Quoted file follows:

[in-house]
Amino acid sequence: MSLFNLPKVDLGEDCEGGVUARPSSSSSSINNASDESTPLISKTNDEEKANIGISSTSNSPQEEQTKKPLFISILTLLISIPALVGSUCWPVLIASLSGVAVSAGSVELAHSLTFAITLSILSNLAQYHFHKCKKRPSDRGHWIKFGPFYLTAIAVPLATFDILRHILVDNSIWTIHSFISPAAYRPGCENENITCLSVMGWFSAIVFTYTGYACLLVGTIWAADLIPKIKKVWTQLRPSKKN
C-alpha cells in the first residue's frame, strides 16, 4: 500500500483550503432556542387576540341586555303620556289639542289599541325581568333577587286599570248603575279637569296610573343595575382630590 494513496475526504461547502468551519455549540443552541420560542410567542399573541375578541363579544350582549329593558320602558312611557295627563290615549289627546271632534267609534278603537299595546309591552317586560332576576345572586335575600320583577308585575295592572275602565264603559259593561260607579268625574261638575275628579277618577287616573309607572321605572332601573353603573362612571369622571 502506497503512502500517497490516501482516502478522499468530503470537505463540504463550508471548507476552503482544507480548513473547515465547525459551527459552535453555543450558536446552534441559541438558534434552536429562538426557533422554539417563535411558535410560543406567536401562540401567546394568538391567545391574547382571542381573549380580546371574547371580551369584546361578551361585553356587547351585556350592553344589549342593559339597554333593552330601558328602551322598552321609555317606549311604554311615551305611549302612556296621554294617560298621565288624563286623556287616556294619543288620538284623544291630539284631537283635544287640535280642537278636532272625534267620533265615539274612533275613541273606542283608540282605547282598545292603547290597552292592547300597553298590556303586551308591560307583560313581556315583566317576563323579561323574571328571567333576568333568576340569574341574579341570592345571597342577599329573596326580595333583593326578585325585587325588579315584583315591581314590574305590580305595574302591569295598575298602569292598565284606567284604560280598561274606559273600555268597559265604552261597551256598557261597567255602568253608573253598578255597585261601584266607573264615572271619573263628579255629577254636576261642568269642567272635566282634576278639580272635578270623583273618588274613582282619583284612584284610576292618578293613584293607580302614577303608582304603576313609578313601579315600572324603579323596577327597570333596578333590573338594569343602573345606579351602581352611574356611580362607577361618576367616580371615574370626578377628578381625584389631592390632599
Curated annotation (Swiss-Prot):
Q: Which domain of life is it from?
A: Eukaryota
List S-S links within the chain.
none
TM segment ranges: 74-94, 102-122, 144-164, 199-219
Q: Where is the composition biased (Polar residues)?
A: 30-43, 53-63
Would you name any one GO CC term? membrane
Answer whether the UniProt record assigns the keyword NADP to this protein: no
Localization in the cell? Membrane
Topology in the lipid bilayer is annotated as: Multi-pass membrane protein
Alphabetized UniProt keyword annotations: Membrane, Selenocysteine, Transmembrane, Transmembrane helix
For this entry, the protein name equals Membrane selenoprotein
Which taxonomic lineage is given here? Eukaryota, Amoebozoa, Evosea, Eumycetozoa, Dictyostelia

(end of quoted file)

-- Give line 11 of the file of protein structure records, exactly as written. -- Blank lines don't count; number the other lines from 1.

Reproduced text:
A: 30-43, 53-63